Prevent Snakes From Slithering Into Your Toilet With One Simple Trick

The bathroom is often your sanctuary for privacy and relaxation. So, the idea of flipping up the toilet lid and finding a snake staring back at you is, to say the least, a bit jarring. While such occurrences are thankfully rare, they are not impossible. The good news? You can make your home less appealing to these unwelcome visitors, and it's easier than you might think. One potent strategy for home fortification is adding a roof vent hood to your ventilation system. But let's dig a little deeper into why this is so critical. The ventilation system you rely on to maintain clean, fresh air inside your home has a little-known downside: it can be a gateway for small, uninvited guests like snakes or rats. That's right — these creatures can and do navigate complex ventilation networks to enter homes.

You may be scratching your head, thinking, "Why would my ventilation system be inviting to pests?" It's all about accessibility. Ventilation systems usually consist of pipes and ducts open to the external environment. While designed for air circulation, these systems are essentially open pathways leading right into your home. As a result, they inadvertently serve as an all-access pass for small critters that may find the interior of your home as cozy as you do.

Securing your ventilation with a roof vent hood

A roof vent hood perches on top of your home's ventilation pipe, serving a dual role as both a safeguard and a functional component. This vital piece ensures that your ventilation system performs at its peak without inviting any unwelcome guests or debris. Here's where you come in: Choosing the right roof vent hood requires you to meticulously measure your existing ventilation pipes. You must be aware of your ventilation system's diameter, height, and overall size to obtain the optimal fit. Additionally, it is much more than a simple matching game. The fit you choose has a significant impact on the durability and performance of the vent hood itself; it's not just a cosmetic issue.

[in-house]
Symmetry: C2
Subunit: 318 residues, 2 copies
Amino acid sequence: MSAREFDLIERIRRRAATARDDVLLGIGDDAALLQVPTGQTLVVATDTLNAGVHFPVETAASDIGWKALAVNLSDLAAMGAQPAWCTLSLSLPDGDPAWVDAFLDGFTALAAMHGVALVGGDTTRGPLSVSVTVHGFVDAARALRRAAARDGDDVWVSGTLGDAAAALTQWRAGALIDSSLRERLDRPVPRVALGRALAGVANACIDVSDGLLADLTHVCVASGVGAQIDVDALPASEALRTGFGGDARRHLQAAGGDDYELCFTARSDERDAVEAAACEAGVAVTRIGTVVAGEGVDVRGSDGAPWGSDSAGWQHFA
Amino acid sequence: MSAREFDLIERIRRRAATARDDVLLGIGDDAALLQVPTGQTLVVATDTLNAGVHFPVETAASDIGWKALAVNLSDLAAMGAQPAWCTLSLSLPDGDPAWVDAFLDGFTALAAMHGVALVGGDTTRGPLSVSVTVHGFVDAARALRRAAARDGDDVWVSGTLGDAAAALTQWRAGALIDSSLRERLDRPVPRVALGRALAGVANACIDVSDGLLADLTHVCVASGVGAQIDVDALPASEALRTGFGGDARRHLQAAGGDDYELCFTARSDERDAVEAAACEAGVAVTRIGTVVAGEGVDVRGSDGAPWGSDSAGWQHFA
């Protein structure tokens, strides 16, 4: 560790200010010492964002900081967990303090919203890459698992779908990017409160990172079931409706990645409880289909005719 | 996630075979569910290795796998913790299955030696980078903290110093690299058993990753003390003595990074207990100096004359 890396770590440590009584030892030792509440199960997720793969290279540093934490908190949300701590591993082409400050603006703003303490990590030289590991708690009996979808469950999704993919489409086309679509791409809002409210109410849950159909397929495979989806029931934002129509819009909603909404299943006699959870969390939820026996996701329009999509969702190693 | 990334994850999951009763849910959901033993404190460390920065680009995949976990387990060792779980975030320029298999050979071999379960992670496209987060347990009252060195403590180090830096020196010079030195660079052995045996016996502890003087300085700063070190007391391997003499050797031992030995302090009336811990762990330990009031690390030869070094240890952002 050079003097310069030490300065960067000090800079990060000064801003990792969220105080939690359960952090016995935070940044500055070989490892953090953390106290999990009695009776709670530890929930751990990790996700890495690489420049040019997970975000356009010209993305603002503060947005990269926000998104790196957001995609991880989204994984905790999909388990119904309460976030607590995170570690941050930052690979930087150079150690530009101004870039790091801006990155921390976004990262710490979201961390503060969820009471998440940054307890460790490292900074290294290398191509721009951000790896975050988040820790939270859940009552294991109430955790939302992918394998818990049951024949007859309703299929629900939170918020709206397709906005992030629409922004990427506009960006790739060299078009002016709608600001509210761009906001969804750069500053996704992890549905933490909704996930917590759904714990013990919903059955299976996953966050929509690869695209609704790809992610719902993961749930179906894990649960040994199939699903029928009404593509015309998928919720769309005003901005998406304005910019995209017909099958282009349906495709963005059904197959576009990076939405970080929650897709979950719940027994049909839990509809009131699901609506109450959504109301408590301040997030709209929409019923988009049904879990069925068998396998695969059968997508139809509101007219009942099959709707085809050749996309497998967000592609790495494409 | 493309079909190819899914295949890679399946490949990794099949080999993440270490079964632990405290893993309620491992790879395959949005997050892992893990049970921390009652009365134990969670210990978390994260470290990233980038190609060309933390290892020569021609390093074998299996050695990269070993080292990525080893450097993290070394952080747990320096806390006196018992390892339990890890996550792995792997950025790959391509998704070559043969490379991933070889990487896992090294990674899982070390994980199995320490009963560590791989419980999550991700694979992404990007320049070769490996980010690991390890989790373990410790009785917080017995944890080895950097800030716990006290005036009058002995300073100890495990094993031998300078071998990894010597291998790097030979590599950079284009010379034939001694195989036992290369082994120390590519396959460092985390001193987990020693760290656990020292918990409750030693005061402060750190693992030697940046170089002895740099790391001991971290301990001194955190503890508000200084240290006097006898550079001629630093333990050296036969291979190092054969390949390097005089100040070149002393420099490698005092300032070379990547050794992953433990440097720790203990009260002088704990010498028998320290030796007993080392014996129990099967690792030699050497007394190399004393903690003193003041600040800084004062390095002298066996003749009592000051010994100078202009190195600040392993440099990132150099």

Equally important are the materials that the hood is made from. Make sure to pick a vent hood constructed from durable materials to stand up against the elements. Look into options like galvanized steel and copper designed to handle high and low temperatures. A good quality vent hood is an investment in your living space's long-term health and comfort. Don't underestimate the tools you'll need for the installation, either. Make a checklist that includes essentials like a wrench for tightening screws, a ladder for safe roof access, and perhaps some sealant to ensure an airtight, weather-resistant seal once the hood is in place. It's also important to wear safety gloves and goggles, as safety should never take a backseat during home improvements.

How to install a roof vent hood

While the task of installing a roof vent hood may seem daunting, with the right tools and some basic know-how, you can complete this project yourself. First, identify where you want the vent hood on your roof. Choose a location that aligns as closely as possible with your indoor exhaust fan. Next, you'll need to make a hole in the roof from the inside, starting with a small hole. Ensure you're properly safeguarded by wearing your safety glasses and gloves. 

Start by making a small hole from the inside to use as a guide. Next, go up onto the roof and locate the hole. Once ready, expand the hole to 4 inches using a jigsaw or reciprocating saw. After the hole is cut, measure a square area slightly bigger than the vent flange that will protrude through the roof. You must remove the existing asphalt shingles to clear this square area. A hook blade fitted into a utility knife is the perfect tool. Once done, it's time to prep for sealing. Apply a generous bead of asphalt roof cement to the underside of your vent flange. This will help create a weatherproof seal. Carefully slide the vent flange beneath the shingles that lie directly above the hole, ensuring that these shingles cover the top half of the flange. Now secure the flange by nailing its lower corners into the roof with roofing nails.